This article is part of a series on Upgrading America’s Nuclear Triad.
Air Combat Command currently operates three weapons systems as strategic bombers: the workhorse B-52H, the B-1B, and the B-2A.
The B-52 Stratofortress was designed by Boeing in the early 1950s. The B-36 Peacemaker and the B-47 Stratojet were not capable of carrying the late model hydrogen bombs which were large and heavy, affectionately dubbed “big boys” by bomber crews of the time. The B-52 beat out Northrop’s flying wing YB-49 jet bomber to carry the new large bombs, first entered service in 1955, with the final airframe was constructed in 1962. Of the 744 B-52s built for the US Air Force, only 94 remain in service and 76 are active. They are in the process of being upgraded to continue operating until approximately 2040, but recall that these air frames will be at least 80 years old at that time. The B-52 has many advantages: it can carry a large and variable payload of 32,000 kg (70,000 lbs), the capability of adapting to include new technologies, and a long operational history. The shear age of these air frames and their lack of modern design are their only major disadvantages.
The B-1B was designed in the late 1960s and early 70s in an effort to bring the bomber force into the supersonic age. The B-1 Lancer features a variable wing geometry capability that allows the plane to take off and land at low speed then sweep its wings back for high speed flight. Capable of reaching speeds upwards of Mach 2 (twice the speed of sound) and carrying a payload of nearly 57,000 kg (125,000 lbs) the B-1B is a formidable bomber in both nuclear and conventional service. The B-1 was cancelled by President Carter in favour of the cruise missile. President Reagan, however, requested that 100 of these be built early in his first term; of these, 63 remain in service. A programme is likewise under way to extend the life of this plane.
Last, but certainly not least, is the B-2A Spirit, better known as the Stealth bomber. The B-2 was developed in the 1980s to be virtually invisible to most forms of detection, the B-2 fulfilled Northrop’s dream of the flying wing bomber. It is a subsonic aircraft with a smaller payload then its predecessors holding 23,000 kg (50,000 lbs). The most modern of the current bomber force, the 20 B-2s in service today were built in the 1990s.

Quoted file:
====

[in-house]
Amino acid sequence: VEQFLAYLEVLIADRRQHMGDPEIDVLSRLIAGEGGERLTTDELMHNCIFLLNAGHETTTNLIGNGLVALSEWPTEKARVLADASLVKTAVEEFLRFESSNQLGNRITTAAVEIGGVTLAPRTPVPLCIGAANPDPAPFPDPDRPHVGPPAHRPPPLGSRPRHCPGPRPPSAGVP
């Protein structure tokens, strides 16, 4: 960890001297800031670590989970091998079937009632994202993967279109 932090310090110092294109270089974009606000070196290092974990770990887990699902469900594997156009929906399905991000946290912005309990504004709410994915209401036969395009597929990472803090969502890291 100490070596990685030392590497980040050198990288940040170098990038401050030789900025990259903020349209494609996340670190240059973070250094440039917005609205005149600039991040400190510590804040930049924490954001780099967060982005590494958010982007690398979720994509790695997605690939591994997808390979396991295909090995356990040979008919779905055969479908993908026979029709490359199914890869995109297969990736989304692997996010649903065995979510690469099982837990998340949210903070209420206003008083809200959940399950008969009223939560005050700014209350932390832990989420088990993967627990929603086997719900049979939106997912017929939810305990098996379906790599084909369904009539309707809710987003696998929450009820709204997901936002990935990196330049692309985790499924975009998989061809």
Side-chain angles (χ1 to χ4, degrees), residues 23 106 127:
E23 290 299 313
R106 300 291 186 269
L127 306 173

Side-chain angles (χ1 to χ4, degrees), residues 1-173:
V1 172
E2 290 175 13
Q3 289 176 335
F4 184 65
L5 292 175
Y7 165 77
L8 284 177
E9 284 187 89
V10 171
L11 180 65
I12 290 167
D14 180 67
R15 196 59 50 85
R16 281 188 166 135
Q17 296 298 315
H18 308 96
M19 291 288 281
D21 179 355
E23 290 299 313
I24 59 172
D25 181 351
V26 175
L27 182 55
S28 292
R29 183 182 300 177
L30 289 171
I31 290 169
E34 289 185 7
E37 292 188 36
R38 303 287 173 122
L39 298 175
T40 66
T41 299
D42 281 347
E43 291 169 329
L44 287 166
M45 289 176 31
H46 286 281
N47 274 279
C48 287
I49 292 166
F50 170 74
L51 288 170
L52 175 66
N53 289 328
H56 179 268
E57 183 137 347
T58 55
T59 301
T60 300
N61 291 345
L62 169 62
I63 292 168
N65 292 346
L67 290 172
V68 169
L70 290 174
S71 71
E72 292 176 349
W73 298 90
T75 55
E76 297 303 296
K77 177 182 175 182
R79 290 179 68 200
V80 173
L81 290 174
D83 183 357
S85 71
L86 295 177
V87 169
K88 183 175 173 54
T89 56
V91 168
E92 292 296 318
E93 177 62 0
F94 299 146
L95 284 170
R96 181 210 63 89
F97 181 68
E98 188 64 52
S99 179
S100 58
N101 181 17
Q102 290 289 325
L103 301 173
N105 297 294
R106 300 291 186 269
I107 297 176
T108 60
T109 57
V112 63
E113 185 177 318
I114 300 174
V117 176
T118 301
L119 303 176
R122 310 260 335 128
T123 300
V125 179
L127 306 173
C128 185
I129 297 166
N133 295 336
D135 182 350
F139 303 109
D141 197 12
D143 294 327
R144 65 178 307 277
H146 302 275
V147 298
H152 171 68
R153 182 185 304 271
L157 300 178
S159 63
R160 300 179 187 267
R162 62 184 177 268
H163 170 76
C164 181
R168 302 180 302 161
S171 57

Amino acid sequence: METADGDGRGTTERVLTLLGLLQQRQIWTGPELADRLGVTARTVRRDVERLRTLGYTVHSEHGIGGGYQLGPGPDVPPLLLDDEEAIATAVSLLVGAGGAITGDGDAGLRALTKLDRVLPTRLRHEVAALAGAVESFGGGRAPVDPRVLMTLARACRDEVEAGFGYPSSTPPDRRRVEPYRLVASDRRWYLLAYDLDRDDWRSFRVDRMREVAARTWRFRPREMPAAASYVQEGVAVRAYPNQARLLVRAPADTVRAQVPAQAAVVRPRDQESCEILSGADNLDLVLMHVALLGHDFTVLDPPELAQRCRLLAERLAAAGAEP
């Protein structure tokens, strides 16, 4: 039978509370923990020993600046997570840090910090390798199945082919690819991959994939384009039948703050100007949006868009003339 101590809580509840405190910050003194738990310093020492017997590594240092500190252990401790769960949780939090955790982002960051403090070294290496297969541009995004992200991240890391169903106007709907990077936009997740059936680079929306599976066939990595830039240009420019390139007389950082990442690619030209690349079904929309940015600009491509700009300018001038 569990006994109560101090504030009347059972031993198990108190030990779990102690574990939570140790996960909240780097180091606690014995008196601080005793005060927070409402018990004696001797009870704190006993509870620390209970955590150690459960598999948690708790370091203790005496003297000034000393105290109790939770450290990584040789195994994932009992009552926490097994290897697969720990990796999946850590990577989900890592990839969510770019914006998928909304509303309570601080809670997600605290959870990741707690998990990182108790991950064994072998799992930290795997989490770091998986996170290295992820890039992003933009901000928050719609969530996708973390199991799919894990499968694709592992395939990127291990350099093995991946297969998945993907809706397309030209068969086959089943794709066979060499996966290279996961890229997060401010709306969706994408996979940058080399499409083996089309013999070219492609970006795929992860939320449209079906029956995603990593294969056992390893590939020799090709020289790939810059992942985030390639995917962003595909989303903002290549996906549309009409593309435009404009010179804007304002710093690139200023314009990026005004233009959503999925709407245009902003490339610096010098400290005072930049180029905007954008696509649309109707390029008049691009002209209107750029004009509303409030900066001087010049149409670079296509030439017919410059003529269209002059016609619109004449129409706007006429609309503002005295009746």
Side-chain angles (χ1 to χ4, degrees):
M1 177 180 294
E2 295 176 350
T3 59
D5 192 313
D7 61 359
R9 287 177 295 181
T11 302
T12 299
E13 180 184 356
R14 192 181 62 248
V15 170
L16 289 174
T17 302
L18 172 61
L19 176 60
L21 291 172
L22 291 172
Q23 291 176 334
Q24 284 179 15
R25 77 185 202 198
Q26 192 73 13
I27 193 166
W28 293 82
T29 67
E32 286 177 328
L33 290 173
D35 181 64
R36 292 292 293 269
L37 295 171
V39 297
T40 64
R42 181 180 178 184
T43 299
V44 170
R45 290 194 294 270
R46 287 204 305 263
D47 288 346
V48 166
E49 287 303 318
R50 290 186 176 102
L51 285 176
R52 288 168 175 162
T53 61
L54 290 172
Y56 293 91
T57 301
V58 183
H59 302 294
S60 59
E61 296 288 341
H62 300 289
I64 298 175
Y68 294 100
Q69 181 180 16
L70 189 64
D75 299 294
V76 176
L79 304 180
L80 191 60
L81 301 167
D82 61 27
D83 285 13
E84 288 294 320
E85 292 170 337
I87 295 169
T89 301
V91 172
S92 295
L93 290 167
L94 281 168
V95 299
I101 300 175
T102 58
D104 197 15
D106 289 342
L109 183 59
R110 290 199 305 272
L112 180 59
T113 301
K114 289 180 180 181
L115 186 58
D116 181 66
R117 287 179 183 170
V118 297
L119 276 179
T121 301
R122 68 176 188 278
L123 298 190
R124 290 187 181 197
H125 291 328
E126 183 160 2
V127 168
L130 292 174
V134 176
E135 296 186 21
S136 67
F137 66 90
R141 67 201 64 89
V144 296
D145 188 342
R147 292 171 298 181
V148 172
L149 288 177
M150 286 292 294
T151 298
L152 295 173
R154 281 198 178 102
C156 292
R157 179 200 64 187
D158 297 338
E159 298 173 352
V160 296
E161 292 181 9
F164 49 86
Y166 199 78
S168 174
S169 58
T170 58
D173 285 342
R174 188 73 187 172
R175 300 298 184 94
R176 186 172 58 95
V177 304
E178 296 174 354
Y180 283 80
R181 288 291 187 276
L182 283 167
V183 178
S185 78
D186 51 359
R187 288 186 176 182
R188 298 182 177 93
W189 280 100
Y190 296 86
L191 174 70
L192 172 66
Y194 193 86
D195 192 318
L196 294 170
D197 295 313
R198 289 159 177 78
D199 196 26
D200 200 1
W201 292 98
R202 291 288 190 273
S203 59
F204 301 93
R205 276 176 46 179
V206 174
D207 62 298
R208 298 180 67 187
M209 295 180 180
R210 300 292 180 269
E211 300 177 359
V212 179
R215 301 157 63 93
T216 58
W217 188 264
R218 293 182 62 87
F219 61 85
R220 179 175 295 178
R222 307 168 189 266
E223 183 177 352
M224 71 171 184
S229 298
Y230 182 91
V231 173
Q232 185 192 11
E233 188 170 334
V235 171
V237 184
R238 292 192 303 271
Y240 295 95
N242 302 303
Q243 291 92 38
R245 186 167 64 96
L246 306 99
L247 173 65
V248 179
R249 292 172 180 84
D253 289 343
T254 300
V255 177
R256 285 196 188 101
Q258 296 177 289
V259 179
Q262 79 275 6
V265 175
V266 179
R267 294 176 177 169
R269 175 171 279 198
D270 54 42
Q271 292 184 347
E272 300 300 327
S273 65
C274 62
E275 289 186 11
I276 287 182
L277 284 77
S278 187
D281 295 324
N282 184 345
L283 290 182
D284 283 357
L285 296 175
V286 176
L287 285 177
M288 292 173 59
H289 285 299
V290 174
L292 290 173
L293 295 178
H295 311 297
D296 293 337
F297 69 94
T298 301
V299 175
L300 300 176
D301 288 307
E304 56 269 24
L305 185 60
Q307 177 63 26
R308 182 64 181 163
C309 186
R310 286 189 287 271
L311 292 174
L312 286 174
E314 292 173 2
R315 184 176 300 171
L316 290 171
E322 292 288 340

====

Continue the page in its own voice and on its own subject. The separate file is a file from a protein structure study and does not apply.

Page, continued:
The Long Range Strike Bomber (LRSB)
The Long Range Strike Bomber (LRSB) programme that the Air Force recently launched is seeking its next generation bomber. The B-3 Patriot (a possible name of my own choosing) should generate an airframe ready for delivery in the mid-20s. If a truly effective programme is sought, the Air Force and private partners might consider teaming up as the two primary builders of submarines did for the Virginia class project. If Boeing, Northrop-Grumman, and Lockheed-Martin pulled together, they could each contribute to the design, and share the profits of building the aircraft.
The B-3 should be designed so as to bring together all of the virtues of its immediate predecessors. It should have the longevity, upgradeability, and mission variability of the B-52, the high speed and large payload of the B-1, and some stealth capabilities like the B-2. Utilizing the flying wing airframe design will generate a more efficient aircraft with large wings for fuel tanks. The flying wing airframe is also stealthier, in that it presents a smaller cross section to detection devices. While stealth is a significant advantage, the aircraft need not sacrifice much for stealth. There are, after all, means of confusing, jamming, or otherwise neutralizing detection devices as well as simply being mostly invisible to them. Speed is also an advantage, but again no major sacrifices need to be made for it. The B-3 should be stealthy, capable of achieving speeds of about mach 1.5, for a payload of about 45,000 kg (100,000 lbs), and should be designed for a long lifespan. Naturally, every means of reducing costs in the short-term and over the operational life of each airframe will be valuable.
About 100 B-3s should be built to begin entering service circa 2025 with the last to be delivered in the late 30s. The B-52s can be entirely phased out in favour of the B-3. About 30 B-1s and the entire force of B-2s should be kept in service as well, providing ample capability for both strategic and conventional missions. These more modern aircraft will be designed to answer our bomber needs for the rest of the century and thus save the cost of developing new aircraft down the road.
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